Canada has requested an additional seven surplus F/A-18 A/B Hornets from Australia.

In February, Ottawa requested seven examples for use in non-flying activities such as software testing, static training, and spares, says Australia’s Department of Defence.

The deal is subject to US export controls. If approved, it will bring to 25 the number of former RAAF Hornets sold to Ottawa. Should export approvals be received, negotiations would determine delivery timings.

In December 2017, Canberra confirmed that it will sell Ottawa 18 F/A-18 A/B Hornets for an undisclosed sum.

The first two “classic” Hornets will be delivered to Canada in 2019, at which point the Royal Australian Air Force’s transition to the Lockheed Martin F-35 will be well underway.

The Royal Canadian Air Force requires airframes to fill a capability gap during a pending process to obtain 88 new combat aircraft to replace its 85 Boeing CF-18 A/B fighters.

In February 2018, Ottawa announced that five bidders – Boeing, Dassault, Eurofighter, Lockheed Martin, and Saab – are eligible to replace the CF-18s.

Canada’s previous Harper government had selected the F-35 to replace the CF-18 fleet in 2009, but in 2015 the incoming Trudeau government cancelled this. Initially, the RCAF announced plans to buy 24 F/A-18E/Fs as an interim solution, then select a permanent CF-18 replacement in the early 2020s.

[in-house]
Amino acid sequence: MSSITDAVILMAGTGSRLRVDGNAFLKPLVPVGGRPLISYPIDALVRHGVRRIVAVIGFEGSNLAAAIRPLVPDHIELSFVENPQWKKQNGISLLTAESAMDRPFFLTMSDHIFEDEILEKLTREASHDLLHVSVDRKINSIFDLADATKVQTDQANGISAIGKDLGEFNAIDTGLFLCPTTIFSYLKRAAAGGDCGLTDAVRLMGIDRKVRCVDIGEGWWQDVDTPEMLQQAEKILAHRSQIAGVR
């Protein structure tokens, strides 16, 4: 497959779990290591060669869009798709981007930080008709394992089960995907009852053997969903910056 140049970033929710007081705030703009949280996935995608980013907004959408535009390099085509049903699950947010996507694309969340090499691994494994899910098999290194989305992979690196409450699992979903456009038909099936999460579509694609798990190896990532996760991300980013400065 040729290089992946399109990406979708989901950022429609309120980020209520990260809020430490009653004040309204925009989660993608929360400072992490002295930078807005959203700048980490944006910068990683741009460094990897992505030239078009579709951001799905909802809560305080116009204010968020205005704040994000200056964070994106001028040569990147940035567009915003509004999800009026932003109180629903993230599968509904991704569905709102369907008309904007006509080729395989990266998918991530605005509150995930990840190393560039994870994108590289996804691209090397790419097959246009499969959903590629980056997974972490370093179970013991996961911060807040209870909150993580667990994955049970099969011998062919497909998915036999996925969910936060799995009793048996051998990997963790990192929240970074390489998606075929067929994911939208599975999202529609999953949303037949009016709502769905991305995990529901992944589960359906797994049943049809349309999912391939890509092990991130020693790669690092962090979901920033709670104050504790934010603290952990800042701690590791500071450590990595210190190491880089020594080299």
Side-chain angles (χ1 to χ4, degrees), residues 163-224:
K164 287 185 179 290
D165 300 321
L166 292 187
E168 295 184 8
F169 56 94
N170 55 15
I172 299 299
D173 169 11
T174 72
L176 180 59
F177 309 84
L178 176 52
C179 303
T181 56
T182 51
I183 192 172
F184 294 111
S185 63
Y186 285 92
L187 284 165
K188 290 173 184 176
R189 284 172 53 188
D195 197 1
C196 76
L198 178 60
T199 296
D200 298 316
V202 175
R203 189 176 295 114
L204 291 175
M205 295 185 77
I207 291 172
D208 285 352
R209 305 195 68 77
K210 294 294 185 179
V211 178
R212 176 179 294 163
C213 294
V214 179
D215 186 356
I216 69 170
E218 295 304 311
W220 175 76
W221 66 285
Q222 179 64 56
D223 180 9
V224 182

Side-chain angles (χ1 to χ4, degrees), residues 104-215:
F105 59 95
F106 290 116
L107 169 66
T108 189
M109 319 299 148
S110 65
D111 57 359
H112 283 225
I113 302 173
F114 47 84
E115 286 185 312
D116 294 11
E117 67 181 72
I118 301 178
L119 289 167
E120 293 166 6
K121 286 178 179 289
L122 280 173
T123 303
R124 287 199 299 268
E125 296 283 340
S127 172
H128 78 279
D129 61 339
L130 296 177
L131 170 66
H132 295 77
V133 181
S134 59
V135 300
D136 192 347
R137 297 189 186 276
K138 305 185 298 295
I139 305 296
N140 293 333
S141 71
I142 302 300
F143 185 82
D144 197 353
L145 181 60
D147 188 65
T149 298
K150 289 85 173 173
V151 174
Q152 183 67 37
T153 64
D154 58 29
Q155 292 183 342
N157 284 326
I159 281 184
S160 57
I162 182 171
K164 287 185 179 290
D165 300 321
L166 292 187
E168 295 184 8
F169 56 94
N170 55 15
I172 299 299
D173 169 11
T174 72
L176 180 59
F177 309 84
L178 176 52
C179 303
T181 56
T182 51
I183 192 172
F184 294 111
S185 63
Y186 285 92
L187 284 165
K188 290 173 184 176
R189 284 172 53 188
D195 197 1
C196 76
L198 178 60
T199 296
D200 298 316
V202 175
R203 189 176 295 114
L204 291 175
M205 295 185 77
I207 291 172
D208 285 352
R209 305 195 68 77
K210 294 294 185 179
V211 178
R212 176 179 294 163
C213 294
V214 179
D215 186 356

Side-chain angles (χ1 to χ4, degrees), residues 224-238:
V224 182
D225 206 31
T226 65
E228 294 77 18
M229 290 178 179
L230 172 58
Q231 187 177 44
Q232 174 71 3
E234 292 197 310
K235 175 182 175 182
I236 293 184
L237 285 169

The Boeing deal fell through, however, amid Boeing’s (ultimately unsuccessful) trade complaint with the US Commerce Department against Canadian aircraft manufacturer Bombardier over allegedly unfair pricing on a sale of CSeries aircraft to Delta Air Lines. The Canadian government reacted strongly against Boeing, cancelling the interim fighter deal.

The RAAF operates 55 single seat F/A-18As and 16 two-seat F/A-18Bs that were acquired in the 1980s. This fleet will be retired by 2022 in favour of the F-35A, of which Canberra has committed to 72 examples.